### 2017 USAJMO #3

Let $ABC$ be an equilateral triangle, and point $P$ on its circumcircle. Let $PA$ and $BC$ intersect at $D$, $PB$ and $AC$ intersect at $E$, and $PC$ and $AB$ intersect at $F$. Prove that the area of $\triangle DEF$ is twice the area of $\triangle ABC$.

Solution 1:

Note that $$\angle{DPF}=\angle{FPE}=\angle{EPD}=120^{\circ}.$$ Now, using the sin area formula, we get $$[DEF]=[DPF]+[FPE]+[EPD]=\frac{\sqrt{3}}{4}\left(DP \cdot FP+FP \cdot EP+EP \cdot DP\right).$$We also have that $$[ABC]=BC^2 \cdot \frac{\sqrt{3}}{4}.$$ So, it suffices to prove $$\frac{\sqrt{3}}{4}\left(DP \cdot FP+FP \cdot EP+EP \cdot DP\right)=2 \cdot \frac{BC^2\sqrt{3}}{4} \implies DP \cdot FP+FP \cdot EP+EP \cdot DP=2BC^2.$$By the Law of Cosines on $\triangle{BPC}$, we obtain $$BC^2=b^2+c^2-2 \cdot b \cdot c \cdot \cos{120^{\circ}}=b^2+c^2+bc,$$ and Ptolemy's Theorem on quadrilateral $ABPC$ gives$$AP \cdot BC=BP \cdot AC+CP \cdot AB \implies AP=b+c.$$From some angle chasing, we know that $\triangle{ACD} \sim \triangle{APC}$, and therefore $$\frac{AC}{AP}=\frac{CD}{PC}=\frac{AD}{AC} \implies AC^2=AD \cdot AP=AD(b+c) \implies AD=\frac{b^2+bc+c^2}{b+c}.$$So, we have $$PD=AP-AD=b+c-\left(\frac{b^2+bc+c^2}{b+c}\right)=\frac{bc}{b+c}.$$Now, from angle chasing again, we see that $$\triangle{FBP} \sim \triangle{ACP} \implies \frac{FB}{AC}=\frac{BP}{CP}=\frac{FP}{AP} \implies FP=\frac{BP}{CP} \cdot AP=\frac{b(b+c)}{c},$$ and similarly $EP=\frac{c(b+c)}{b}.$ Thus, we finally have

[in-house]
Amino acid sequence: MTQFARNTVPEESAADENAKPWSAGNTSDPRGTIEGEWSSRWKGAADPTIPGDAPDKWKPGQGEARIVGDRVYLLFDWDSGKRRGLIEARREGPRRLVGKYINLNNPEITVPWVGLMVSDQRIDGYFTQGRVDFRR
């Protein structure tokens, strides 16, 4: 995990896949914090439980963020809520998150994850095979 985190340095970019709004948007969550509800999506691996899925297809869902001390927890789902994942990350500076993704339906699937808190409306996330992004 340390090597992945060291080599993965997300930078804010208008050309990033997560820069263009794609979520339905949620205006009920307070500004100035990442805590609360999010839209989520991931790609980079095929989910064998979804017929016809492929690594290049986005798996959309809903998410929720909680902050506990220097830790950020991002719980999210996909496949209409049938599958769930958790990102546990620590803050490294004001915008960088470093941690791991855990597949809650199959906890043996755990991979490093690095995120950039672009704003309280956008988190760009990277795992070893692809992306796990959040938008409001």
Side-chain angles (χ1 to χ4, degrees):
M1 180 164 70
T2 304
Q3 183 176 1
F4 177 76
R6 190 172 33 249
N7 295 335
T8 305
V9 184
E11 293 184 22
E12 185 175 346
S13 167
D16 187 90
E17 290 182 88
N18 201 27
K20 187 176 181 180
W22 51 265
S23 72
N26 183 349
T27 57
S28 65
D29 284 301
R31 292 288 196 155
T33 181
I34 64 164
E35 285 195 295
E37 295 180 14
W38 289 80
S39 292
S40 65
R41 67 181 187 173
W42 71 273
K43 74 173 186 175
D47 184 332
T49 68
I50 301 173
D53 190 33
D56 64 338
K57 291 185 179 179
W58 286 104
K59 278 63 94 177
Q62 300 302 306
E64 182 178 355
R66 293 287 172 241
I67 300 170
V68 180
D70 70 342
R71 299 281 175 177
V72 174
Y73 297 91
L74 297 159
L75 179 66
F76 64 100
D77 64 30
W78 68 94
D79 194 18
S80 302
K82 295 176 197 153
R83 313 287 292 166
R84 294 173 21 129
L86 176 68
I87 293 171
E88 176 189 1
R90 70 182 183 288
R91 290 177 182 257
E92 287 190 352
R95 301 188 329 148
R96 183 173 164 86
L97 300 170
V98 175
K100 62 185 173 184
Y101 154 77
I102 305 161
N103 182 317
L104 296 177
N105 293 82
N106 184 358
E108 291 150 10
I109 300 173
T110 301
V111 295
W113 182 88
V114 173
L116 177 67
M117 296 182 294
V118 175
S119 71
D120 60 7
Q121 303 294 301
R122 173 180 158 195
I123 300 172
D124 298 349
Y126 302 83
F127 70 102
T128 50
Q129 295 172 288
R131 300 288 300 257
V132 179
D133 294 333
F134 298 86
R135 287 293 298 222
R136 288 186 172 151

$$DP \cdot FP+FP \cdot EP+EP \cdot DP=\frac{bc}{b+c} \cdot \frac{b(b+c)}{c}+\frac{b(b+c)}{c} \cdot\frac{c(b+c)}{b}+\frac{c(b+c)}{b} \cdot \frac{bc}{b+c}$$

$$=b^2+(b+c)^2+c^2=2b^2+2bc+2c^2=2(b^2+bc+c^2)=2 \cdot BC^2,$$ as desired. $\square$

Solution 2:

There is a solution with barycentric coordinates, which should be pretty obvious if you know the technique. Regardless, I will upload this solution when I have time.